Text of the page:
Earlier this year, Nokia made mediation talks with Daimler and various of its suppliers of telecommunications components fail by refusing to grant exhaustive component-level standard-essential patent (SEP) licenses that would have provided suppliers with the operational freedom they need in order to go about their business. This was not only a disappointment but also a major embarrassment for the European Commission, which continues to be driven by regional protectionism rather than consistent enforcement of competition law and had urged the parties to negotiate even though it was a total waste of time, as anyone knowledgeable about the issues would have predicted.
Roughly eight months later, I have to grant Nokia and its attorneys that they have made some limited adjustments to their position, and that fact appears attributable to last month's Dusseldorf trial more so than to anything the EU Commission has done. Some key players in Brussels are beholden to Nokia, even to the extent that postfactual commissioner Thierry Breton parrots some outdated Nokia-funded propaganda by making an incorrect claim (of Europe being the #1 continent in 5G SEP ownership) from which Nokia's lawyers had already distanced themselves by way of an updated study.
The Dusseldorf Regional Court's strong inclination to refer certain component-level licensing questions to the top EU court--Daimler's lead counsel in the Nokia infringement cases, Quinn Emanuel's Dr. Marcus Grosch, told the Munich I Regional Court last month that he'd be very surprised if it didn't happen--appears to be scaring the living daylights out of Nokia. The decision is scheduled to come down on November 12, and at least the German appeals courts--the lower courts in Mannheim and Munich are too obsessed with forum-selling to do the right thing--will then likely be hesitant to enjoin end-product makers if their suppliers were denied SEP licenses on FRAND terms.
In an apparent effort to dissuade the Dusseldorf court from that CJEU referral, the Karlsruhe Higher Regional Court (which hears all appeals of Mannheim judgments) from staying the enforcement of ill-gotten injunctions against Daimler, and to further encourage the Munich I Regional Court to grant Nokia an injunction against Daimler, Nokia sent new licensing offers to several Daimler suppliers (including BURY Technologies, Continental, Valeo/Peiker, Huawei, Harman, and Renault, which builds an entire vehicle for Daimler) about two weeks ago. At the time Nokia also intended to make such an offer to Bosch, but was waiting for a non-disclosure agreement (NDA) to be concluded.
NDAs didn't prevent all sorts of information to leak from the failed mediation process, and I've been able to find out more about its current maneuvering than Nokia would have liked me to.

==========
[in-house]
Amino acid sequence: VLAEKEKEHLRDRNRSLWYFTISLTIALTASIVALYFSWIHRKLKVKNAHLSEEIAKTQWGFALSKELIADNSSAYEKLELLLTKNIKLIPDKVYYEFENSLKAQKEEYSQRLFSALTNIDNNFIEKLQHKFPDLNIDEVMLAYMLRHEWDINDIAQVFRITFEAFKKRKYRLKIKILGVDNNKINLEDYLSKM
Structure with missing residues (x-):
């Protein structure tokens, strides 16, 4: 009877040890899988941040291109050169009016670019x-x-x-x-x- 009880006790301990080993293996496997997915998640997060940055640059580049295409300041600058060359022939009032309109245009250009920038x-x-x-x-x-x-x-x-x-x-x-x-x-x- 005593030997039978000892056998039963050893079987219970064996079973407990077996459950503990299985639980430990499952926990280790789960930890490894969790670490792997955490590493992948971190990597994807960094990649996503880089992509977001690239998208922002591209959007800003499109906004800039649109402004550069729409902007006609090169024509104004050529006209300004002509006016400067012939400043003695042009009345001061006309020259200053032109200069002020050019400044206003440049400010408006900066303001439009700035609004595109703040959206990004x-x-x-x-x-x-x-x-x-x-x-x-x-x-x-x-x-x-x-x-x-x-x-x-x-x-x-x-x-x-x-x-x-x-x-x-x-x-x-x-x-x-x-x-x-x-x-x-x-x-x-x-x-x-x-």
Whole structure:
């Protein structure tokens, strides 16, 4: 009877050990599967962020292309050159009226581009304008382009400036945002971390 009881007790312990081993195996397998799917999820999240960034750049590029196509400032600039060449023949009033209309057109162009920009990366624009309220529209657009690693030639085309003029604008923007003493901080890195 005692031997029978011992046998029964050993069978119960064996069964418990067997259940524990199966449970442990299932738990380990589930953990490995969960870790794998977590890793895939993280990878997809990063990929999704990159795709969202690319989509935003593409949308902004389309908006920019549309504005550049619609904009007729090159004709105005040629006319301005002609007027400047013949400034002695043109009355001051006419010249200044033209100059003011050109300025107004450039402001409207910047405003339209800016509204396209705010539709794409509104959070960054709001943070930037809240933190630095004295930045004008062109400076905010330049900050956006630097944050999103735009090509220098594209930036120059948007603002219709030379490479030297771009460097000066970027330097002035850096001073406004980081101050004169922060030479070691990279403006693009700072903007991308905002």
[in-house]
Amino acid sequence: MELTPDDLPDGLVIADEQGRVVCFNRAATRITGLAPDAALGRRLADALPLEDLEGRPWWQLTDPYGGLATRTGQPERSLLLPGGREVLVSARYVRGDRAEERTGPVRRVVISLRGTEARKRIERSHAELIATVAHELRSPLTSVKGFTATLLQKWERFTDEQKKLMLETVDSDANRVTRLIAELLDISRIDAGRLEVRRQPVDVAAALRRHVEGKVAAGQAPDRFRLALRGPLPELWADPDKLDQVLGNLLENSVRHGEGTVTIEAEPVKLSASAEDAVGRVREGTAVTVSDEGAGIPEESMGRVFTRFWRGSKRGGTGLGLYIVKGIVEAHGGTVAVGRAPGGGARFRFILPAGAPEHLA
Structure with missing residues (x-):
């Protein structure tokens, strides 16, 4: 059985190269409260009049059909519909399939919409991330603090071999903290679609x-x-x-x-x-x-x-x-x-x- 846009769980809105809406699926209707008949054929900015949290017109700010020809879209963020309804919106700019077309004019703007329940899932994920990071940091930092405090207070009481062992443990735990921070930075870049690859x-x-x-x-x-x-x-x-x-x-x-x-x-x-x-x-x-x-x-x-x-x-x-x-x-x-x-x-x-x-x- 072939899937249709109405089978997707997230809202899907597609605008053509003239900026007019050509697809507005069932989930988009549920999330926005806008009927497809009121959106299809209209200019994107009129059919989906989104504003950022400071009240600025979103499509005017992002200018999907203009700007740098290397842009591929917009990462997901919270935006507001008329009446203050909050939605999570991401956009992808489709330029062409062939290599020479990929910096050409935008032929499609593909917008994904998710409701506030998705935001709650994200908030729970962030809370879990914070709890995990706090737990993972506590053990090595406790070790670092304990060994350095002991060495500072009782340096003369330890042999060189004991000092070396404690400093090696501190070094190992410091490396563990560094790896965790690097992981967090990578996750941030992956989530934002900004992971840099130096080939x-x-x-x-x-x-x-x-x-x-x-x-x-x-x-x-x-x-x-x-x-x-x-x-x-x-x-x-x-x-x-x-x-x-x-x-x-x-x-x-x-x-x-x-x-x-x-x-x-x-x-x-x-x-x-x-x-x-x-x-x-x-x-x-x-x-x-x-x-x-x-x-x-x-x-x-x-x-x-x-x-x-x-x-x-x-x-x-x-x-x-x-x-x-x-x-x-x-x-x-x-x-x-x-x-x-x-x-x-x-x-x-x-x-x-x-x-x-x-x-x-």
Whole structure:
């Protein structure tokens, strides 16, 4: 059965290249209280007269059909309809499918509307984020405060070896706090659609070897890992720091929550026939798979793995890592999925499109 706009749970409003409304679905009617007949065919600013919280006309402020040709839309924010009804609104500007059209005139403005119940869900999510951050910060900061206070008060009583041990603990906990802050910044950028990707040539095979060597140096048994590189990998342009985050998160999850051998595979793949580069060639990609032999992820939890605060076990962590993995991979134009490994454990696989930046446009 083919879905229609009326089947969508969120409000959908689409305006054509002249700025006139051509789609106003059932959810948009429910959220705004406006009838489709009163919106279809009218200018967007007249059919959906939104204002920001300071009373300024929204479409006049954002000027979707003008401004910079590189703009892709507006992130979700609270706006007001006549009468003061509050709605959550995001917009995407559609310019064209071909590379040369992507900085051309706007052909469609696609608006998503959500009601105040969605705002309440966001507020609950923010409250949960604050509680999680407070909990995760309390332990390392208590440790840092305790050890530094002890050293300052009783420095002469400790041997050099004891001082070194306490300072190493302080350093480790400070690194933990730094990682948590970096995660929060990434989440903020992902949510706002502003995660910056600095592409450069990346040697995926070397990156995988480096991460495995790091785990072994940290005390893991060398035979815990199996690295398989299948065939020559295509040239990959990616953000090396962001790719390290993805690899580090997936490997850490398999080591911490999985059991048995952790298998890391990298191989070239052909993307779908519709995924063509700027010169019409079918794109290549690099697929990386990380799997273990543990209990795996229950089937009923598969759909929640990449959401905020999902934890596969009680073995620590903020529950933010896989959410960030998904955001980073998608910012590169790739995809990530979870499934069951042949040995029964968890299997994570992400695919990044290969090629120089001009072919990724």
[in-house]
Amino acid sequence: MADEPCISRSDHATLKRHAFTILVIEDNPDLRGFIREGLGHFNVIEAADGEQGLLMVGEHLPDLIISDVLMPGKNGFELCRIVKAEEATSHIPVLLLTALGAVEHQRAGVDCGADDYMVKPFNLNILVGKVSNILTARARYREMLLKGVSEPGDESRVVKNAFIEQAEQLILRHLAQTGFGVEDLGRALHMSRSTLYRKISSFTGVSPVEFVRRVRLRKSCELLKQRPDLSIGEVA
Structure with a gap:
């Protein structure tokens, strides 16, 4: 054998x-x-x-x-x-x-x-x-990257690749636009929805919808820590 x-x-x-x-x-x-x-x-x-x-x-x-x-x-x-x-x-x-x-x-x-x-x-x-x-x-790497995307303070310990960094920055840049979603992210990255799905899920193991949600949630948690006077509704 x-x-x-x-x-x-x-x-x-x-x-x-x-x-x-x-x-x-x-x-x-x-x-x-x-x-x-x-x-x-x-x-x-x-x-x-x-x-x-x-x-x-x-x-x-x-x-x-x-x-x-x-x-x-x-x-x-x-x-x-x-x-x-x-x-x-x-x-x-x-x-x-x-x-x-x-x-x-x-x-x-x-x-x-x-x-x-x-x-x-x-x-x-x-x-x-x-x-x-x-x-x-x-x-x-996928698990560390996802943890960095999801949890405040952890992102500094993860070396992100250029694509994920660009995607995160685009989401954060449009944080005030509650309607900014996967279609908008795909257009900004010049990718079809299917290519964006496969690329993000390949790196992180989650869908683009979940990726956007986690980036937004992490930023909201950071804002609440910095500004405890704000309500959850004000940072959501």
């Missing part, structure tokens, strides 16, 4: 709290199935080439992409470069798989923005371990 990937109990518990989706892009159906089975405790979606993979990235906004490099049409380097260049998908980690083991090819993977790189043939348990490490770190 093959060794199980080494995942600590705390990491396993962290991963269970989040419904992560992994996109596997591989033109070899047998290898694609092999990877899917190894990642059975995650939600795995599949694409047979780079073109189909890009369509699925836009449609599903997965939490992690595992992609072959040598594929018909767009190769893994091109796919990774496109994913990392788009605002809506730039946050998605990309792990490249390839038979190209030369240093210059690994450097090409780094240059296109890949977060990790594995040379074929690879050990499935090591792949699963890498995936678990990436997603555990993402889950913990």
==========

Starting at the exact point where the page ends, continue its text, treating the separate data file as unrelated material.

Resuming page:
The structure of Nokia's latest offers still comes with significant field-of-use restrictions that cannot be reconciled with the principle of the free movement of goods in the EU's Single Market and the fact that under the CJEU's Huawei v. ZTE case law, Nokia owes implementers a license on FRAND terms.
Furthermore, Nokia wants to charge royalties based on the value of the end product--a car--as opposed to a reasonable royalty rate. As a result, component makers simply couldn't afford such a license.
But even if one elected to ignore those major issues, Nokia still refuses to extend licenses to certain levels of the supply chain. Its current offers are limited to telematics control units (TCUs) and don't cover network access devices (NAD, often also referred to as connectivity modules) and baseband chips. By contrast, Sharp granted Huawei a license covering all three tiers (tier 1: TCUs; tier 2: NADs; tier 3: baseband chips.
Huawei is a tier 2 supplier to Daimler and suing Nokia in order to secure an exhaustive component-level SEP license on FRAND terms. That case is also pending before the Dusseldorf Regional Court. I don't think Nokia's latest round of offers would obviate a referral of component-level licensing questions to the Court of Justice of the EU with respect to Nokia v. Daimler, but a tier 1 license would certainly not moot the legal issues in Huawei v. Nokia.
Not only is it urgent to refer the question of component-level licensing to the top EU court but there are some worrying developments in SEP case law in Germany that actually require the referral of further questions to the CJEU. One of the two patent infringement panels of the Mannheim Regional Court has recently decided to gut Huawei v. ZTE by focusing on the implementer's counteroffer; the Federal Court of Justice of Germany held in Sisvel v. Haier that SEP holders no longer need to present claim charts to implementers (which particularly disadvantages small companies, but the last thing a dogmatic judge in Germany would care about is the economy); and the Munich I Regional Court applies the Sisvel v. Haier guidance in such extreme ways that it's hard to see how any implementer could actually defend itself there short of simply capitulating and taking a license on the terms dictated by the SEP holder. Most recently, the Munich I Regional Court has practically waived the requirement to provide collateral (bond or deposit) if an injunction is enforced during the appellate proceedings. They still determine an amount that needs to be posted, but it's typically negligible. I'll talk about that some more on another occasion. For now I merely wanted to underscore the necessity to get certain German courts overruled by the CJEU before more damage is done to innovation and competition.
If Nokia keeps improving its offers at the snail's pace we've seen from the failed handset maker in recent years, the CJEU will likely provide further clarification before Nokia ever makes a truly fair and reasonable licensing offer to automotive suppliers.
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